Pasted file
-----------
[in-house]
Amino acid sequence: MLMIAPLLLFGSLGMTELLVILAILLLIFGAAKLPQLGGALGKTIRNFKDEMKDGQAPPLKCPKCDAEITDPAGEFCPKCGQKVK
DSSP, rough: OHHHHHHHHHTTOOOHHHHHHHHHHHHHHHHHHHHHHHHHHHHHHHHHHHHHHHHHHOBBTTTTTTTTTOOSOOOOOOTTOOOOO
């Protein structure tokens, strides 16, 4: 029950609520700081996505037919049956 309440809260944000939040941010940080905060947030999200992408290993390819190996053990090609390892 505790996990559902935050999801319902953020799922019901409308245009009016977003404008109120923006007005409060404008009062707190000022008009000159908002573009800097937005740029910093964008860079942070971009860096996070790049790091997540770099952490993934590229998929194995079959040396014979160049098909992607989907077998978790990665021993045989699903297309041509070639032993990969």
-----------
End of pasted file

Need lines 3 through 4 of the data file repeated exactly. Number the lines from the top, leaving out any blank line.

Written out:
DSSP, rough: OHHHHHHHHHTTOOOHHHHHHHHHHHHHHHHHHHHHHHHHHHHHHHHHHHHHHHHHHOBBTTTTTTTTTOOSOOOOOOTTOOOOO
């Protein structure tokens, strides 16, 4: 029950609520700081996505037919049956 309440809260944000939040941010940080905060947030999200992408290993390819190996053990090609390892 505790996990559902935050999801319902953020799922019901409308245009009016977003404008109120923006007005409060404008009062707190000022008009000159908002573009800097937005740029910093964008860079942070971009860096996070790049790091997540770099952490993934590229998929194995079959040396014979160049098909992607989907077998978790990665021993045989699903297309041509070639032993990969």